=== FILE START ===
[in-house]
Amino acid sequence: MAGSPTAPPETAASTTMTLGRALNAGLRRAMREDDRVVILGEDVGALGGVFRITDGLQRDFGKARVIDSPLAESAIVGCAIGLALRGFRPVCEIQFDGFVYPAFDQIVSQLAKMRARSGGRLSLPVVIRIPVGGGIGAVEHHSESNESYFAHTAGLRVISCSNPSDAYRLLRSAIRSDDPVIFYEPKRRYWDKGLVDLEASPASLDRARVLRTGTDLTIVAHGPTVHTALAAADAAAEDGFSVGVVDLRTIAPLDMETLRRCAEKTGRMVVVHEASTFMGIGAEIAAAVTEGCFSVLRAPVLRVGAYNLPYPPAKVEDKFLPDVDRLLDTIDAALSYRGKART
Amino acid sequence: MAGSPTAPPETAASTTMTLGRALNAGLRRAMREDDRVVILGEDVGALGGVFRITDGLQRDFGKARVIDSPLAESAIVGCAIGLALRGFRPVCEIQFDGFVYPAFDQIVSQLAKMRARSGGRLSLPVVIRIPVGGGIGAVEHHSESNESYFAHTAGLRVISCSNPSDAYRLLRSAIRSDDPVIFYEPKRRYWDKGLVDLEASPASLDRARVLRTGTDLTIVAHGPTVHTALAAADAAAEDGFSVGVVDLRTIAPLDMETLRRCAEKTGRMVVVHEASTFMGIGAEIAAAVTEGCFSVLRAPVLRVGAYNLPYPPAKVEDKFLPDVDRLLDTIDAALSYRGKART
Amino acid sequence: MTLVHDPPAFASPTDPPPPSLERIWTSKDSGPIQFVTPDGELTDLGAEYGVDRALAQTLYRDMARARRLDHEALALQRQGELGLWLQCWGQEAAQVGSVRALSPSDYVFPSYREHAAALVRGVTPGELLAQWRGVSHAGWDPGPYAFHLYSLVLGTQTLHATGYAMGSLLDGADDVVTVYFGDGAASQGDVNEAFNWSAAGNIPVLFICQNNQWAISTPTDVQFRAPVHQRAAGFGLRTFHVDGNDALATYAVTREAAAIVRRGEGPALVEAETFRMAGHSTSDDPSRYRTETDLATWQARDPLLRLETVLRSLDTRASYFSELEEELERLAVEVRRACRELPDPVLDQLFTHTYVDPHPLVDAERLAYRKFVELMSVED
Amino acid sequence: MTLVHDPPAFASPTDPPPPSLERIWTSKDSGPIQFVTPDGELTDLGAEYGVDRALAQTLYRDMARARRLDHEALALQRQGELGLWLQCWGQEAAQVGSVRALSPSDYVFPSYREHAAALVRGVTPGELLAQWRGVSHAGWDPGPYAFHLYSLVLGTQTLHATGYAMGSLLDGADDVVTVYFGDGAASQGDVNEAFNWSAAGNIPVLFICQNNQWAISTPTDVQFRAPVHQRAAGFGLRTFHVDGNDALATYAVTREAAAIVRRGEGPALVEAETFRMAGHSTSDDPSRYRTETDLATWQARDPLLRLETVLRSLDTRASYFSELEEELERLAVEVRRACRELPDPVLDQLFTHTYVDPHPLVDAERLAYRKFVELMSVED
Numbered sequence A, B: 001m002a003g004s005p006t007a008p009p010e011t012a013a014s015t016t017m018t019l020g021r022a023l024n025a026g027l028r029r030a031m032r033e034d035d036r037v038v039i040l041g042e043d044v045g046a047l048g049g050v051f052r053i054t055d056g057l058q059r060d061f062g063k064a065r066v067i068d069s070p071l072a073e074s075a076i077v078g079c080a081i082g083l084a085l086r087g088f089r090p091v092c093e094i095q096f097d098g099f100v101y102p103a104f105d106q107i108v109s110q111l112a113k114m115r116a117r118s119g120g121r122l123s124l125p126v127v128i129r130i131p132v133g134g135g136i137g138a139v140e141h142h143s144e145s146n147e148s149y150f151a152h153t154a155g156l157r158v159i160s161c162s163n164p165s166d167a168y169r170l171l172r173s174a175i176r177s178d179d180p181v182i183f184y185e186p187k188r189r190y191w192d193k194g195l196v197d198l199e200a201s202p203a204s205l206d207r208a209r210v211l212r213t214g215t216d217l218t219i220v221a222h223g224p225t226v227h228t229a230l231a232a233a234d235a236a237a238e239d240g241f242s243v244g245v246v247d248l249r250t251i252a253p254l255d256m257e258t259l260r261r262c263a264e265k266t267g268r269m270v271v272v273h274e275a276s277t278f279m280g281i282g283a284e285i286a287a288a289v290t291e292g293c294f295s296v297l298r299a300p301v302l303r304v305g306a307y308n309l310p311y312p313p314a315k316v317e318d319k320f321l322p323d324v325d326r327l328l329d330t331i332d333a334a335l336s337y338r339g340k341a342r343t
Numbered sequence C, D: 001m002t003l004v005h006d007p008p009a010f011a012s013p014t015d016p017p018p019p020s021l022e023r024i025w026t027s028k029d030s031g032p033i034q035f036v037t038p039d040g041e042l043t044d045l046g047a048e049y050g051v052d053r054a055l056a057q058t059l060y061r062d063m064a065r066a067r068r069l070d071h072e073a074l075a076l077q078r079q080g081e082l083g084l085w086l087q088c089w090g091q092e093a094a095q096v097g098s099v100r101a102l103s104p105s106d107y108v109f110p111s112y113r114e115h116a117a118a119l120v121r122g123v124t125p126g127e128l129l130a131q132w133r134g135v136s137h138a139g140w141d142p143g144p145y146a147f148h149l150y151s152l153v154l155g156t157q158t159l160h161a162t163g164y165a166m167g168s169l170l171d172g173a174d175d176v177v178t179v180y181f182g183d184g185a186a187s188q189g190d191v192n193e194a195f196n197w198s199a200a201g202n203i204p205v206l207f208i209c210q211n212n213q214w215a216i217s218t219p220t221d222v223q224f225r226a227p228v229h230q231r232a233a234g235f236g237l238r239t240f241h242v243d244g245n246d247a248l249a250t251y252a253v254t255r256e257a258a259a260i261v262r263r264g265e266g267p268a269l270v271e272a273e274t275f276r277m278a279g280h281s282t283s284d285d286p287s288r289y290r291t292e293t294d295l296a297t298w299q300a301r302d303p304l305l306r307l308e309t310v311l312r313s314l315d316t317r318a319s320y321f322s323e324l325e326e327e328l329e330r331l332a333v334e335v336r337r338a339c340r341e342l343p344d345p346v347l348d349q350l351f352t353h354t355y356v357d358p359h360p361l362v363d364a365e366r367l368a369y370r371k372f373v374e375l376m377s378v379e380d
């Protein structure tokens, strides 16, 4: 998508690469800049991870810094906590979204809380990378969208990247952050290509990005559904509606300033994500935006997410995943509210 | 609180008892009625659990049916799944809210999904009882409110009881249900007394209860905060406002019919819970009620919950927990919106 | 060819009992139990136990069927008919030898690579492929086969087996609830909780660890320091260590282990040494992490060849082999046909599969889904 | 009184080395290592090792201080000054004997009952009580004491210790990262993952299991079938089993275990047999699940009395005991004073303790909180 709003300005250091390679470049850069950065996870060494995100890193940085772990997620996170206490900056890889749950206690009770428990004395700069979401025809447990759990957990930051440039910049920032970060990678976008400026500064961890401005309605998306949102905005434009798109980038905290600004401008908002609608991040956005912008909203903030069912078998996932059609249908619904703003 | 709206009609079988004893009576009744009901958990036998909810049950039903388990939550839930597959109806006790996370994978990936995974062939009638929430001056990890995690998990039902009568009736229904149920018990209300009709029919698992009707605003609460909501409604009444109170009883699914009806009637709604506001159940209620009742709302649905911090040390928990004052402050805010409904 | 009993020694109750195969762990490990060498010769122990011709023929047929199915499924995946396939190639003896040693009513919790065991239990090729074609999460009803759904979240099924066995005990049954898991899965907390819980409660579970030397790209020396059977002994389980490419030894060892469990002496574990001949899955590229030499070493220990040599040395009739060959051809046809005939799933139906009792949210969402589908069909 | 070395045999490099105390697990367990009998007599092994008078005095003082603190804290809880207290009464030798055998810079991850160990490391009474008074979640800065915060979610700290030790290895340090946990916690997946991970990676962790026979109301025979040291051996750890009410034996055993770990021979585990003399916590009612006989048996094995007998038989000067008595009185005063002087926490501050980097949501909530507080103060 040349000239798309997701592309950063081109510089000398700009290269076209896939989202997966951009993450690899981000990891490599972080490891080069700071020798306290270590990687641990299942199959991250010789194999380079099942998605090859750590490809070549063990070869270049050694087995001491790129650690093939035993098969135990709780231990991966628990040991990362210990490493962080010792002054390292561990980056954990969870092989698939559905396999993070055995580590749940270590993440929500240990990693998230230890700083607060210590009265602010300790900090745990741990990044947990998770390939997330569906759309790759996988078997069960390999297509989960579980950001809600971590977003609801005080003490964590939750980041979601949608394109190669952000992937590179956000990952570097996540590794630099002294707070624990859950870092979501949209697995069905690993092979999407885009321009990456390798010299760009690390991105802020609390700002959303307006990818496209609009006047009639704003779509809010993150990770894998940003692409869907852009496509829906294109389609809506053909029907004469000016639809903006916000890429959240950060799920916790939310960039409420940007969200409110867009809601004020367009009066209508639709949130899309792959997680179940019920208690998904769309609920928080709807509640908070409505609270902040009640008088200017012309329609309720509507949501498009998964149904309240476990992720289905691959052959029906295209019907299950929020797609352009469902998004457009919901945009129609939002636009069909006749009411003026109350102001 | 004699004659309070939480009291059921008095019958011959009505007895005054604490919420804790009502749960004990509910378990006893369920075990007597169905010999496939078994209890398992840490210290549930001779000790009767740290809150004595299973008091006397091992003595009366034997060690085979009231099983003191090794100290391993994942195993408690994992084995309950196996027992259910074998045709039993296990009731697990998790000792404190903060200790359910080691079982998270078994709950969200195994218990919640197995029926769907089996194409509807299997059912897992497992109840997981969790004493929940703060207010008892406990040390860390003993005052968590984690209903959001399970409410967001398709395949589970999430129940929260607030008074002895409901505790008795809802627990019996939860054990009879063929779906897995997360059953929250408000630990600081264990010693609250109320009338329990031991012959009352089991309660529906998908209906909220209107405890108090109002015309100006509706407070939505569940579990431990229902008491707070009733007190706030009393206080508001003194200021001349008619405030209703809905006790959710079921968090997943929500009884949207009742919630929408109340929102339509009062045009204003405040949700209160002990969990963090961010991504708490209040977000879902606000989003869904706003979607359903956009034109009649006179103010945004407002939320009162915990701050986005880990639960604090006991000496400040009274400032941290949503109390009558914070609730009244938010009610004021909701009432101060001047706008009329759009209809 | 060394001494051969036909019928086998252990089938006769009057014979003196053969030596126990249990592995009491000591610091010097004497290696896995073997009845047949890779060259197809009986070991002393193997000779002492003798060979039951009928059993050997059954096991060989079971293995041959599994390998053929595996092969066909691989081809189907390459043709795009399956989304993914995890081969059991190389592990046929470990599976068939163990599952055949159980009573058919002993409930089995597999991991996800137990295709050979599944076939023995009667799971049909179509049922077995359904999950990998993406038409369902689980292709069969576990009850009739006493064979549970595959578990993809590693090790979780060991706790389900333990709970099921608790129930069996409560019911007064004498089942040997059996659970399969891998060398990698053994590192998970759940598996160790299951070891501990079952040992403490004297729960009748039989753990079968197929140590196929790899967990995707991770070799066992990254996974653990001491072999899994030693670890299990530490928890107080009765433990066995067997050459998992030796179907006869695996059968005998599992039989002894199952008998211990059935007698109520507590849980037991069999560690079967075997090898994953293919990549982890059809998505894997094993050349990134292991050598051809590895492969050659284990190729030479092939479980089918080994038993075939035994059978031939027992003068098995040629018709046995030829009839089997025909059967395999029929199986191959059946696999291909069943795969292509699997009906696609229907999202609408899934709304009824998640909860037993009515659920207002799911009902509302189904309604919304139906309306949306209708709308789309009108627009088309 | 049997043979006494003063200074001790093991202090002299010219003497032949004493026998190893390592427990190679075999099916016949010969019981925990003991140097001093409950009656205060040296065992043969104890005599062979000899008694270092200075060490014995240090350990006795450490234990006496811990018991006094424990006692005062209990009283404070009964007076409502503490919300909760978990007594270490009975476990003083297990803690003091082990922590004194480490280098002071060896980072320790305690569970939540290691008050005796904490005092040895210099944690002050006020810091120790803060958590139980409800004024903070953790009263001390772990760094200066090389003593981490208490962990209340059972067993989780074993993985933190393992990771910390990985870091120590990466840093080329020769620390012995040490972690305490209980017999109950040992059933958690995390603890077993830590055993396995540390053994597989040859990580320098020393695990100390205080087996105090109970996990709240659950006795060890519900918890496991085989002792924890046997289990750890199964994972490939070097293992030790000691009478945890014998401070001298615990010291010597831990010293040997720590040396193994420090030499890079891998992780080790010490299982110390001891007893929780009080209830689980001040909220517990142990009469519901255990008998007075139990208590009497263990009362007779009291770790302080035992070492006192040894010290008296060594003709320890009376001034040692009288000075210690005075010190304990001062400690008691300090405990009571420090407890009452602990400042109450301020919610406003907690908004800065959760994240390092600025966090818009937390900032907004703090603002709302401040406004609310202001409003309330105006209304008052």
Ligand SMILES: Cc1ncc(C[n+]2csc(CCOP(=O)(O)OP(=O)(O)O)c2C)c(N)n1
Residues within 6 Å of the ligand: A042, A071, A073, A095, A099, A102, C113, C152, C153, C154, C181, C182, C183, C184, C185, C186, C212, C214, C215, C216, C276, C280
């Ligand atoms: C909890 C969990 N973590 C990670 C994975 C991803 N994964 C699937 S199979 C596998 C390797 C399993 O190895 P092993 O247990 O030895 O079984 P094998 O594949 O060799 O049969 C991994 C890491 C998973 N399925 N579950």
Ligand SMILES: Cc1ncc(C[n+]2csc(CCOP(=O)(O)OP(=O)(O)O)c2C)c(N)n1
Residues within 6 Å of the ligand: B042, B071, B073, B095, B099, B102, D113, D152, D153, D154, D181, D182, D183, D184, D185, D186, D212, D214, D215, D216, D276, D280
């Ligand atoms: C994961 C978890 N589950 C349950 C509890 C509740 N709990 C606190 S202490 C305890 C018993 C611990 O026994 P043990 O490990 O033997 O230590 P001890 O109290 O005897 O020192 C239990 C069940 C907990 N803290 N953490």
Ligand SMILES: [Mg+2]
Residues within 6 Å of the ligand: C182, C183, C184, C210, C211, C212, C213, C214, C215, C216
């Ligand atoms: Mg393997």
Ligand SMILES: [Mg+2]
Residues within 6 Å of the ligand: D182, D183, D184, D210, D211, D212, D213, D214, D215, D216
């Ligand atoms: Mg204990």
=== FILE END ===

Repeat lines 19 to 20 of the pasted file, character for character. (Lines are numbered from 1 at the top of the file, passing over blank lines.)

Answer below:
Residues within 6 Å of the ligand: D182, D183, D184, D210, D211, D212, D213, D214, D215, D216
């Ligand atoms: Mg204990």